- Liu Chia-liang (also known as Lau Kar-leung), the legendary Hong Kong martial artist, actor, and filmmaker, has passed away at the age of 78 (1934-2013). For the time being, it appears that one of his masterpieces, Eight-Diagram Pole Fighter, is streaming on YouTube (though in Mandarin). Also make sure to watch the stunning credit fight sequence above from Executioners From Shaolin. Another legend, science fiction master Richard Matheson, the author of numerous books, screenplays and stories, has passed away at the age of 87. We're also still processing the shocking news of James Gandolfini's death last week at the age of 51. Make sure to browse David Hudson's roundup of remembrances of the great actor at The Keyframe Daily.
- The Locarno Film Festival has announced Baltasar Kormákur’s 2 Guns and Pascal Plisson’s On the Way to School as its opening and closing films for this coming August, as well as the anthology the fest is publishing in accordance with their George Cukor retrospective, which, if last year's book on Otto Preminger is any indication, is something we can't wait to get our hands on.
- Above: an Echoes-style post on Tumblr by Neil Bahadur comparing Roberto Rossellini's Voyage to Italy with James Gray's Two Lovers.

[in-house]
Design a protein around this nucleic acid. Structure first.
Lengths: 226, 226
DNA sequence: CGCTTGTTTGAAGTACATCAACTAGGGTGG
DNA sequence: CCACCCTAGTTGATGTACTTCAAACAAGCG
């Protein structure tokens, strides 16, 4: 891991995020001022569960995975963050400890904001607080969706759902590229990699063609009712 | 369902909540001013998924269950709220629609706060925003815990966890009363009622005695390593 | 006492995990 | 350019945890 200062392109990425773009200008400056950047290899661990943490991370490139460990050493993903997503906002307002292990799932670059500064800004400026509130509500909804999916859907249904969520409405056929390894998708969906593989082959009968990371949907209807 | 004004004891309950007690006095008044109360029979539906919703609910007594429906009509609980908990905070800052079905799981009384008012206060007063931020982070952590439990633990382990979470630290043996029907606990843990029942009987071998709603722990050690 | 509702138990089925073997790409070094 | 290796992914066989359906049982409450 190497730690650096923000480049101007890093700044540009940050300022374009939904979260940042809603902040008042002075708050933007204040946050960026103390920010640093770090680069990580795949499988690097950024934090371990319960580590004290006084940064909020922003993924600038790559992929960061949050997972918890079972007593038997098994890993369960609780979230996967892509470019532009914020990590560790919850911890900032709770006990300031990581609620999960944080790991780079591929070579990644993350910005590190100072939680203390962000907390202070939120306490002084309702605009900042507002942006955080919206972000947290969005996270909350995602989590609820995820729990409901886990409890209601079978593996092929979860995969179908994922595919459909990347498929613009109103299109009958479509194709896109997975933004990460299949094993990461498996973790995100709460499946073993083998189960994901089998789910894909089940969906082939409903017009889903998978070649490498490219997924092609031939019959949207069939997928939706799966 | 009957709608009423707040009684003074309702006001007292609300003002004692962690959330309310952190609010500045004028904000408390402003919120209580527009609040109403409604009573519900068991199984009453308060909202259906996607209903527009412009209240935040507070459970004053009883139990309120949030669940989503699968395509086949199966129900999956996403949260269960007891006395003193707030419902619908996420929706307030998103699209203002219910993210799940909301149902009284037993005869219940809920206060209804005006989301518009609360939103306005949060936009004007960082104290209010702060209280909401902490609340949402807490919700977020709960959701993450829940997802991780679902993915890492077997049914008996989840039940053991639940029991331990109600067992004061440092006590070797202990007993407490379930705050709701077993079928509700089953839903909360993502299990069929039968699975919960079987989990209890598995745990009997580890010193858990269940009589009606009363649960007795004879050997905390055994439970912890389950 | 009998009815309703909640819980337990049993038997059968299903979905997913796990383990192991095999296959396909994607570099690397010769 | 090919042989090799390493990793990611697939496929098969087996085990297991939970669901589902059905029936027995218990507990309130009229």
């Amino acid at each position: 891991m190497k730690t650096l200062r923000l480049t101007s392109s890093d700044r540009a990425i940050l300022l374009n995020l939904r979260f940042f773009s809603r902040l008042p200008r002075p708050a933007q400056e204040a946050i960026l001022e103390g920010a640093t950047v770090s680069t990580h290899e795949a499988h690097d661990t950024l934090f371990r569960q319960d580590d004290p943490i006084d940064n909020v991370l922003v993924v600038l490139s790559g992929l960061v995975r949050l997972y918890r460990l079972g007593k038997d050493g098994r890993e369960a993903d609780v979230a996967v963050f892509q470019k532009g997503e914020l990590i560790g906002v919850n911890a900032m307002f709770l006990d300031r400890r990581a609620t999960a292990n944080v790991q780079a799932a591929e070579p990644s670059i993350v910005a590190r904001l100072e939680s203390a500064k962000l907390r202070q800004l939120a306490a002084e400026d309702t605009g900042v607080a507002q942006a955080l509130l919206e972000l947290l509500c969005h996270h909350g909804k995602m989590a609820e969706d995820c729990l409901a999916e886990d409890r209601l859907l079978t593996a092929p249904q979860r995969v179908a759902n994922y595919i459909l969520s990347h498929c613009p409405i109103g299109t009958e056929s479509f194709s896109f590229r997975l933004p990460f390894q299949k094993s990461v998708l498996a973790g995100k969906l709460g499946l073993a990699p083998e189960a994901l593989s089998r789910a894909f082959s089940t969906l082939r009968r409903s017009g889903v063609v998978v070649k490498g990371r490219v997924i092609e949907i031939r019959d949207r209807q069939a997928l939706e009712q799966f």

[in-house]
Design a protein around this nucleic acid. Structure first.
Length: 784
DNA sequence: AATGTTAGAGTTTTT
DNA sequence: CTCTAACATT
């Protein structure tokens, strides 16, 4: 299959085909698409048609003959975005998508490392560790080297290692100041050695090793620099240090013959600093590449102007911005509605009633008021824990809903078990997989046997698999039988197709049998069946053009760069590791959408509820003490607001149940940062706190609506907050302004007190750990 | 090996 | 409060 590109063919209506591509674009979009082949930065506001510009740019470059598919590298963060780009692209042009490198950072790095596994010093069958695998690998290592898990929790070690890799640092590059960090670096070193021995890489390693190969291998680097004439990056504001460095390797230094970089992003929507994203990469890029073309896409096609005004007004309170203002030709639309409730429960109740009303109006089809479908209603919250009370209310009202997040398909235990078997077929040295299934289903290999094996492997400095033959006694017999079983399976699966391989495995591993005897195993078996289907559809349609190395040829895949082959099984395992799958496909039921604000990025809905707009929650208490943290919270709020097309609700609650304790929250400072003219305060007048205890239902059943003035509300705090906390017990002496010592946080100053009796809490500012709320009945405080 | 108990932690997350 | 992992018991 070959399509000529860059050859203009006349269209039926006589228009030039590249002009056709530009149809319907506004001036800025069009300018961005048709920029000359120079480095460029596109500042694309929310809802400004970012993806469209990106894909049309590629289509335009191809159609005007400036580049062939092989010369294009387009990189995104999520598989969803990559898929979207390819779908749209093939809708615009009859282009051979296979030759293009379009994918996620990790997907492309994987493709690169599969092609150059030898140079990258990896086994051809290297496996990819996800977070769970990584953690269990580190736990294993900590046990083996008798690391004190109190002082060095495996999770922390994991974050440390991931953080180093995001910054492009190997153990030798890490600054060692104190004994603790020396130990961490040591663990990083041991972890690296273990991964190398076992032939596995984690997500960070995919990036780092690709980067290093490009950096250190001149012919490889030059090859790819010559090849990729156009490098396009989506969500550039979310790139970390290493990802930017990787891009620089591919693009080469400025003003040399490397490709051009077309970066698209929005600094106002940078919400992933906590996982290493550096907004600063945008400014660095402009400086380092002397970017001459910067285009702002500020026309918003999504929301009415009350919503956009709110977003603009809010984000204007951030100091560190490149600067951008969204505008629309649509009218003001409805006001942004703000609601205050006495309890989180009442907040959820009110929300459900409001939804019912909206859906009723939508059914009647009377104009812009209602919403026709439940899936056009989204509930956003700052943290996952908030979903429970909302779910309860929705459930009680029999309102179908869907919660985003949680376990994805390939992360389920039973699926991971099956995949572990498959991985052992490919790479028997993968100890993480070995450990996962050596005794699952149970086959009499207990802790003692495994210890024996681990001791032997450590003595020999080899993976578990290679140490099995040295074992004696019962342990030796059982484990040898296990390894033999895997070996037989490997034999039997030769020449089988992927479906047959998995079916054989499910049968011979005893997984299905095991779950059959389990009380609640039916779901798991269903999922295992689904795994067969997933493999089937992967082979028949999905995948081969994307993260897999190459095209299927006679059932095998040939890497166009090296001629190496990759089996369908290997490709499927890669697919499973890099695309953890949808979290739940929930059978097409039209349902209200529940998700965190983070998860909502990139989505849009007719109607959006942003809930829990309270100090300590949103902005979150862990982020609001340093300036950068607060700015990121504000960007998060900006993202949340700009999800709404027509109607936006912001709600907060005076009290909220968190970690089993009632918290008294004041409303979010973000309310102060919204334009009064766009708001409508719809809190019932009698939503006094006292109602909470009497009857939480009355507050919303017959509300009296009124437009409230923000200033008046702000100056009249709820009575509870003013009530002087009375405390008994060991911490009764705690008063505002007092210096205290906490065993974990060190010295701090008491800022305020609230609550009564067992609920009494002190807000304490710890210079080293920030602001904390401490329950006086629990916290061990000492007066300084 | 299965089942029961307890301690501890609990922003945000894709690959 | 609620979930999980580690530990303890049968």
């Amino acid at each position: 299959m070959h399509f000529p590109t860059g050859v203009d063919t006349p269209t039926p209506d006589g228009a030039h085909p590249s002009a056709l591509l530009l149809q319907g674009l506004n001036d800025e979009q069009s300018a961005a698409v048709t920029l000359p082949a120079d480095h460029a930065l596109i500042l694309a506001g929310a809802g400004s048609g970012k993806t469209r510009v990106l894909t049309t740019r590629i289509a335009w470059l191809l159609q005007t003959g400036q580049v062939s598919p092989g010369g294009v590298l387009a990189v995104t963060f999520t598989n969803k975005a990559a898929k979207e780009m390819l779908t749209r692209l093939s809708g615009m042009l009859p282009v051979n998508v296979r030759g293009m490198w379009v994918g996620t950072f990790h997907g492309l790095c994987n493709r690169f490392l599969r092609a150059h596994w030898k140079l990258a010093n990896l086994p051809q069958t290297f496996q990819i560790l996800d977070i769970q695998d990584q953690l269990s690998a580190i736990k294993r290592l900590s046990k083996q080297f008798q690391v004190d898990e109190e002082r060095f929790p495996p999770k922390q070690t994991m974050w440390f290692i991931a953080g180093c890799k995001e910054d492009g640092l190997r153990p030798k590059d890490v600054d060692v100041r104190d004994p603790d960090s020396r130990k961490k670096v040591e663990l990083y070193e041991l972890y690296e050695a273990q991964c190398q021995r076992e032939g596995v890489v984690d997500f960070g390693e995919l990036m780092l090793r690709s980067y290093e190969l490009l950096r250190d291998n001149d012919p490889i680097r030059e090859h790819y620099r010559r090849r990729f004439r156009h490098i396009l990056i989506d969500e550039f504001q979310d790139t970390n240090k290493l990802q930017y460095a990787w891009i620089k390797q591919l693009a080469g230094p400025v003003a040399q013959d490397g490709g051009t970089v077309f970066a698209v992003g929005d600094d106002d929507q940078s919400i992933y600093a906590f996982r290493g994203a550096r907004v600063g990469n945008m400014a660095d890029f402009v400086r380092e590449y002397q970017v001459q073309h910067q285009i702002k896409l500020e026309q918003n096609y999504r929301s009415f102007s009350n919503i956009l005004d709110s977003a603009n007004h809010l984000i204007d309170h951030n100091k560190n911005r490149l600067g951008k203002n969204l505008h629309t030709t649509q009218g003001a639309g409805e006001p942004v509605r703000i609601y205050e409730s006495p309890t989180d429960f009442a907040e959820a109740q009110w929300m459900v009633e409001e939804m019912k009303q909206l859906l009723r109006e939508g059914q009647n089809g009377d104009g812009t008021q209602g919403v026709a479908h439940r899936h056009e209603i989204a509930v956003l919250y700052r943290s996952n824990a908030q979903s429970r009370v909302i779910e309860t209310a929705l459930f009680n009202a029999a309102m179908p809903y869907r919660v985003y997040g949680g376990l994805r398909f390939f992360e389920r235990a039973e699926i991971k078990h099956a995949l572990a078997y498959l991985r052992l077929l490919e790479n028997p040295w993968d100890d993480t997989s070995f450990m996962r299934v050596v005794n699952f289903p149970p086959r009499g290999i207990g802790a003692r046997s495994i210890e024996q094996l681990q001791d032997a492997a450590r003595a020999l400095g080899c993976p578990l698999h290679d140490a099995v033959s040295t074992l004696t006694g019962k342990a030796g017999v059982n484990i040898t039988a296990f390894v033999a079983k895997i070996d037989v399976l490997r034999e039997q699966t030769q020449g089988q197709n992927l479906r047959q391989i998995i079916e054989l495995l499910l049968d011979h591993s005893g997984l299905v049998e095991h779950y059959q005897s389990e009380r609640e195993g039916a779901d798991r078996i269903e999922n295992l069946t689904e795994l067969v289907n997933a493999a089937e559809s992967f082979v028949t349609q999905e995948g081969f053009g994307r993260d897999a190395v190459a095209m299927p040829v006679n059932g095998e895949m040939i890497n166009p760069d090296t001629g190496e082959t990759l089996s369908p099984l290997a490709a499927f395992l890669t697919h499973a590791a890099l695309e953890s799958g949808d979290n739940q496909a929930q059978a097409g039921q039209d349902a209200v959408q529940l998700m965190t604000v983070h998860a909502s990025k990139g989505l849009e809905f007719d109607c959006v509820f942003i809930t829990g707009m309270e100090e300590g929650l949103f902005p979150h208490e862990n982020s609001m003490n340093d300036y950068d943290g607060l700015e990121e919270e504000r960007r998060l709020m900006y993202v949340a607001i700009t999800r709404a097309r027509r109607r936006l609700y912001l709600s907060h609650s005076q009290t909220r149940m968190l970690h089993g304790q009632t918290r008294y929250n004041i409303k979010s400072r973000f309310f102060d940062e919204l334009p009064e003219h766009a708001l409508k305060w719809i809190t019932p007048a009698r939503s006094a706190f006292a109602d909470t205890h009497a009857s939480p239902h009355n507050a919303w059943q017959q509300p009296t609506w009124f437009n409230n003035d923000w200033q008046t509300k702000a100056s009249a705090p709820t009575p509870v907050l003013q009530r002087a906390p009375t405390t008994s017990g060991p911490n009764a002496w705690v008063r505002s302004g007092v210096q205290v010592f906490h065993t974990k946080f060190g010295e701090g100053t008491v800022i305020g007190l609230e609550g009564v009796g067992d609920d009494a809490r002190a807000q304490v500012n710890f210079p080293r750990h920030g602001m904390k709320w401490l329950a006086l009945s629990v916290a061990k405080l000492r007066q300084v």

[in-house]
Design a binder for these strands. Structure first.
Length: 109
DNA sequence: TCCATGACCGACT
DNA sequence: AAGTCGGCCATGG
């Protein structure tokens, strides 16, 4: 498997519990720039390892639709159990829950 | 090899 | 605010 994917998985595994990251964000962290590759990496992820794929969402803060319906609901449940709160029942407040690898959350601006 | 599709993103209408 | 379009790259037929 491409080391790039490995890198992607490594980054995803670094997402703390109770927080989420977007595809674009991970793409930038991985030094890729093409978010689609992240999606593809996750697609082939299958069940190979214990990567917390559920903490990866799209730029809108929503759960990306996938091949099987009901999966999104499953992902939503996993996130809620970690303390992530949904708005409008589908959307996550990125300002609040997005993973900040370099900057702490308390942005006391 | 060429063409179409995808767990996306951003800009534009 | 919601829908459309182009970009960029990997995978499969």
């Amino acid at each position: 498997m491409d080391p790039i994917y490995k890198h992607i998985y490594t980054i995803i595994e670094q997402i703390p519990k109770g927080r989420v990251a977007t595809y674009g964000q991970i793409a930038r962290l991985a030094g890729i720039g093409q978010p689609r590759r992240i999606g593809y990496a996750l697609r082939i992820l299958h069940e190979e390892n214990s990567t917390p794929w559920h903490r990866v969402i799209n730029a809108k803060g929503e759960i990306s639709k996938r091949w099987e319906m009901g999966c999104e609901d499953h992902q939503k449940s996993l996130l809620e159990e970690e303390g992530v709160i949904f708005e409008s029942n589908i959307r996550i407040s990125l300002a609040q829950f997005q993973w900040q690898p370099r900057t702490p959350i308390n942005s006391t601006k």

"The Bling Ring is more of a room-tone movie, key of 'ambient cynicism'—it’s hard to make out any relevant opinions or attitudes through the even, faintly hectoring drone. Even if the tone is a little too spiky to be taken for mere mute acquiescence to the social conditions it describes, it’s not full-throated enough as either a celebration or a denunciation."
- Above: it seems The Criterion Collection is dropping some hints about a potential release of Mulholland Drive. More from David Lynch: an interview over at The Independent on music and his fading relationship with cinema.
"We're going to go through all the movies I saw 1952-1970 which Walsh had anything to do with, 72 in all, listed in the order they were seen. The ratings and comments are from the card-file I kept through those years."
- Above: an amazing outtake from Paul Thomas Anderson's The Master (pay particular attention to Joaquin Phoenix throughout).
- David Bordwell has a new piece on the relationship between industry and art when looking at Hollywood cinema.
From the archives.